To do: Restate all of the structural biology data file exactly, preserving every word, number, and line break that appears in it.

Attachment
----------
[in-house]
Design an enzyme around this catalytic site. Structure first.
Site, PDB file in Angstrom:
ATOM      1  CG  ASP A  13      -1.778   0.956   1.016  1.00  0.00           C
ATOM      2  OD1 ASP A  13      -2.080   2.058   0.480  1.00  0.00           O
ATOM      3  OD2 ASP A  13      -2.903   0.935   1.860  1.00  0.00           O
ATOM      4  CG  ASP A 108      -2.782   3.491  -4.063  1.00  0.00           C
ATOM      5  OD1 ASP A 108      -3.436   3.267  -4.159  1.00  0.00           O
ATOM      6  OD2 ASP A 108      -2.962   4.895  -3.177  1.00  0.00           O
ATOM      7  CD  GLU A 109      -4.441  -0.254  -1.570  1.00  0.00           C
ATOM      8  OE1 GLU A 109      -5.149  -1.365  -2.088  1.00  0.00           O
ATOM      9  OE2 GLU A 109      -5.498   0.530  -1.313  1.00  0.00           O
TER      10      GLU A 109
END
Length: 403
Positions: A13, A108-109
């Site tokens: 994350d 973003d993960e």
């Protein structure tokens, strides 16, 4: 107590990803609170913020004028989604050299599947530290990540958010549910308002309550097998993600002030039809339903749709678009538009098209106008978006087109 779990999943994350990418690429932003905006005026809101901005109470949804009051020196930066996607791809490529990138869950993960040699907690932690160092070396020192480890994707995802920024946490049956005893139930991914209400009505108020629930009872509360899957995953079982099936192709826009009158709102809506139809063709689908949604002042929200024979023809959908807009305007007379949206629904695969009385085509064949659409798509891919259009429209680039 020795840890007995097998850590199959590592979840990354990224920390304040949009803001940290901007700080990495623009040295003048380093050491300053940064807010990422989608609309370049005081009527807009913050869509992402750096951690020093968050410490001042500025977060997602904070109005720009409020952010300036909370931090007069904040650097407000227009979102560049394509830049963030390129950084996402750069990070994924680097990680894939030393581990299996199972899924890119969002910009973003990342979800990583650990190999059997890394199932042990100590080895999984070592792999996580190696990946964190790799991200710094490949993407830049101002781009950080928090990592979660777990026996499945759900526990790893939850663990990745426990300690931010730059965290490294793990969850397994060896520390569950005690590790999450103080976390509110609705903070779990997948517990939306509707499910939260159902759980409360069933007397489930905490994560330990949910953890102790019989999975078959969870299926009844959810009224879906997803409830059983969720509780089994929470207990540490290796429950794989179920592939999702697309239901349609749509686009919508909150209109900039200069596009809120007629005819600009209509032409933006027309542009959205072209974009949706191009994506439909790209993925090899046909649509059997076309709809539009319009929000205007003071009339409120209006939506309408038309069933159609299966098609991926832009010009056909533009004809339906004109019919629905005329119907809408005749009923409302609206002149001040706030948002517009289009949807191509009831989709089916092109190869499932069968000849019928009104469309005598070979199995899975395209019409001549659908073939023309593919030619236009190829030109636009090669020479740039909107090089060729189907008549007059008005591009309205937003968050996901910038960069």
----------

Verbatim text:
[in-house]
Design an enzyme around this catalytic site. Structure first.
Site, PDB file in Angstrom:
ATOM      1  CG  ASP A  13      -1.778   0.956   1.016  1.00  0.00           C
ATOM      2  OD1 ASP A  13      -2.080   2.058   0.480  1.00  0.00           O
ATOM      3  OD2 ASP A  13      -2.903   0.935   1.860  1.00  0.00           O
ATOM      4  CG  ASP A 108      -2.782   3.491  -4.063  1.00  0.00           C
ATOM      5  OD1 ASP A 108      -3.436   3.267  -4.159  1.00  0.00           O
ATOM      6  OD2 ASP A 108      -2.962   4.895  -3.177  1.00  0.00           O
ATOM      7  CD  GLU A 109      -4.441  -0.254  -1.570  1.00  0.00           C
ATOM      8  OE1 GLU A 109      -5.149  -1.365  -2.088  1.00  0.00           O
ATOM      9  OE2 GLU A 109      -5.498   0.530  -1.313  1.00  0.00           O
TER      10      GLU A 109
END
Length: 403
Positions: A13, A108-109
């Site tokens: 994350d 973003d993960e």
């Protein structure tokens, strides 16, 4: 107590990803609170913020004028989604050299599947530290990540958010549910308002309550097998993600002030039809339903749709678009538009098209106008978006087109 779990999943994350990418690429932003905006005026809101901005109470949804009051020196930066996607791809490529990138869950993960040699907690932690160092070396020192480890994707995802920024946490049956005893139930991914209400009505108020629930009872509360899957995953079982099936192709826009009158709102809506139809063709689908949604002042929200024979023809959908807009305007007379949206629904695969009385085509064949659409798509891919259009429209680039 020795840890007995097998850590199959590592979840990354990224920390304040949009803001940290901007700080990495623009040295003048380093050491300053940064807010990422989608609309370049005081009527807009913050869509992402750096951690020093968050410490001042500025977060997602904070109005720009409020952010300036909370931090007069904040650097407000227009979102560049394509830049963030390129950084996402750069990070994924680097990680894939030393581990299996199972899924890119969002910009973003990342979800990583650990190999059997890394199932042990100590080895999984070592792999996580190696990946964190790799991200710094490949993407830049101002781009950080928090990592979660777990026996499945759900526990790893939850663990990745426990300690931010730059965290490294793990969850397994060896520390569950005690590790999450103080976390509110609705903070779990997948517990939306509707499910939260159902759980409360069933007397489930905490994560330990949910953890102790019989999975078959969870299926009844959810009224879906997803409830059983969720509780089994929470207990540490290796429950794989179920592939999702697309239901349609749509686009919508909150209109900039200069596009809120007629005819600009209509032409933006027309542009959205072209974009949706191009994506439909790209993925090899046909649509059997076309709809539009319009929000205007003071009339409120209006939506309408038309069933159609299966098609991926832009010009056909533009004809339906004109019919629905005329119907809408005749009923409302609206002149001040706030948002517009289009949807191509009831989709089916092109190869499932069968000849019928009104469309005598070979199995899975395209019409001549659908073939023309593919030619236009190829030109636009090669020479740039909107090089060729189907008549007059008005591009309205937003968050996901910038960069």